But Doctor Who – that series is everything that Star Trek is not. Even limited as it was by being a TV serial for children for much of its run, Doctor Who has consistently shown more imagination than anything on Star Trek. Whoever invented the silly yet frightening Daleks was a borderline genius – they are frightening even to adults precisely because they are silly. As for the fact that The Doctor periodically regenerates into someone entirely different, that may have been a plot element introduced to explain the change in actors, but it’s an ingenious example of turning a liability into an asset.

Yes, Doctor Who has had its share of weak scripts and poor production values. But what has been surprising is how often, despite the cheap sets, the scripts have managed to be interesting, thoughtful, and even provocative. That is especially true of the modern revival under the direction of Russell T. Davies, which has maintained a level of excellence unparalleled in science fiction TV, and often turned the storyline into a critique of the series itself. But before everything else, Doctor Who has always been about character – not just about the anarchic and eccentric Doctor himself, but about those around him as well. It’s a subtlety that Star Trek’s producers rarely understand.

I have sometimes heard people suggest that Doctor Who captures the spirit of post-empire England, compared to Star Trek‘s echoes of the jingoistic American Empire. I suspect that may be true, but, whatever its origins, the spirit of Doctor Who is far more appealing than Star Trek‘s.

For me, the difference was captured in one episode a couple of decades ago when his arch-enemy The Master invited him to assist in conquering the galaxy. “But I don’t want to conquer the galaxy,” The Doctor replied (or something very similar). “I just want to see it.”

Essentially, Doctor Who is a humanistic view of the cosmos. And while in Star Trek, The Prime Directive seems like a marketing gloss on an essentially militaristic outlook, The Doctor’s ethos suffers from no such contradiction, being consistent all the way through. It is an ethos of loyalty, of being engaged, and of trying despite trauma and odds. Always, it is a story of individuals against bureaucrats and hierarchy — a story that Star Trek could only match if it was about a group of aliens resisting the encroachment of The Federation.

But, just to keep this mix from being too grim, there is always a flamboyant self-mockery in the central figure, from the recorder of the Patrick Troughton Doctor to the scarf of Tom Baker and the verbal free association of David Tennant. Brooding, mecurial, and brilliant, The Doctor in all his incarnations has a complexity that Kirk, Spock, Picard and the others can never match, for all their detailed back stories.

No, give me Doctor Who over Star Trek any day. For me, Star Trek is just cardboard characters moving dully against a rote background. I’ll watch it occasionally, but I have less and less time for it as I grow older. But Doctor Who fires my imagination, remaining fresh where Star Trek long ago went stale.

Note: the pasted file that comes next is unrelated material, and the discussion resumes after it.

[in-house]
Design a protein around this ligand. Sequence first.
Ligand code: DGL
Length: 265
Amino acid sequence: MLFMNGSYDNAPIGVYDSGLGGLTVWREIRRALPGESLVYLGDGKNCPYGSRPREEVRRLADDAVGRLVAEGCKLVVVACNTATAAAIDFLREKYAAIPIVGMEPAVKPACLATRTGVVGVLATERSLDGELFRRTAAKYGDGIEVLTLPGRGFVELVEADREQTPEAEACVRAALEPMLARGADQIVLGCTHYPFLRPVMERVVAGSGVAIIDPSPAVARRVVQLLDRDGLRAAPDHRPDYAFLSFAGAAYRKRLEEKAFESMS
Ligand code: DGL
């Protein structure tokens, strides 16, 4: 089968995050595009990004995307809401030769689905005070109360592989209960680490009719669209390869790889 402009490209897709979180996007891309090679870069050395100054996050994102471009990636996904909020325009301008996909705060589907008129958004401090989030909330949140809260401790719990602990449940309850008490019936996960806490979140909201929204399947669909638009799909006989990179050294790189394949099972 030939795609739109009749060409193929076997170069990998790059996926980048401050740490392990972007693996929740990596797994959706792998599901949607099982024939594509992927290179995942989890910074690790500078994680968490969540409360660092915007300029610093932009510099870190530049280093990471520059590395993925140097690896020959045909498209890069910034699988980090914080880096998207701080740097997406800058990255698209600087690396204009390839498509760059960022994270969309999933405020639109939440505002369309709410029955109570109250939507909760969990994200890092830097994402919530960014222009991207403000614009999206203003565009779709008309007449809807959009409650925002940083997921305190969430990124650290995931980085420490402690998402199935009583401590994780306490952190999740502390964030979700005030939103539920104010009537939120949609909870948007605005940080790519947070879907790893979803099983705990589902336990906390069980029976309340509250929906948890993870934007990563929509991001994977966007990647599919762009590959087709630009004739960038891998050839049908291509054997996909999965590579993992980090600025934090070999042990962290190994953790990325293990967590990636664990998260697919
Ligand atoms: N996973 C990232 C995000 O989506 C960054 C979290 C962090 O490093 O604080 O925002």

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I’m almost getting afraid to look at a newspaper or any other traditional print media. Every time I do, some writer or other seems to be belittling an Internet phenomena such as blogging, Facebook, or Second Life. These days, such complaints seems a requirement of being a middle-aged writer, especially if you have literary aspirations. But, if so, this is one middle-aged, literary-minded writer who is sitting out the trend.

The Globe and Mail seems especially prone to this belittling. Recently, its columnists have given us the shocking revelations that most bloggers are amateurs, that Facebook friendships are shallow, and that, when people are interacting through their avatars on Second Life, they’re really at their keyboards pressing keys. Where a decade ago, traditional media seemed to have a tireless fascination with computer viruses, now they can’t stop criticizing the social aspects of the Internet.

I suppose that these writers are only playing to their audiences. After all, newspaper readers tend to be over forty, and Internet trends are generally picked up those under thirty-five. I guess that, when you’re not supposed to understand things, putting them down makes you feel better if you’re a certain kind of person.

Also, of course, many columnists, especially those who aspire to be among the literati, see the rise of the Internet as eroding both their audiences and their chances of making a living. So, very likely, there’s not only incomprehension but a primal dose of fear behind the criticism that deserves sympathy.

At first glance, I should sympathize with them. I’m in their age group, share something of their aspirations, and I’m cool to much of the social networking that has sprung up in recent years. Yet somehow, I don’t.

For one thing, having been on the Internet several years longer than anybody else, I learned long ago that communities exist for almost everyone. If you don’t care for Facebook, you can find another site where you’re comfortable. If you dislike IRC, you can find a mail forum. If you can’t find a blog that is insightful and meaningful, you probably haven’t been looking around enough, but surely the Pepys’ Diary page will satisfy the most intellectual and literary-minded person out there. So I suspect that many of those complaining are still unfamiliar enough with the technology that they don’t really know all that’s via the Internet.

Moreover, although I ignore large chunks of the Internet, my only regret is that it hadn’t developed ten or fifteen years earlier so that I could have been a young adult when it became popular.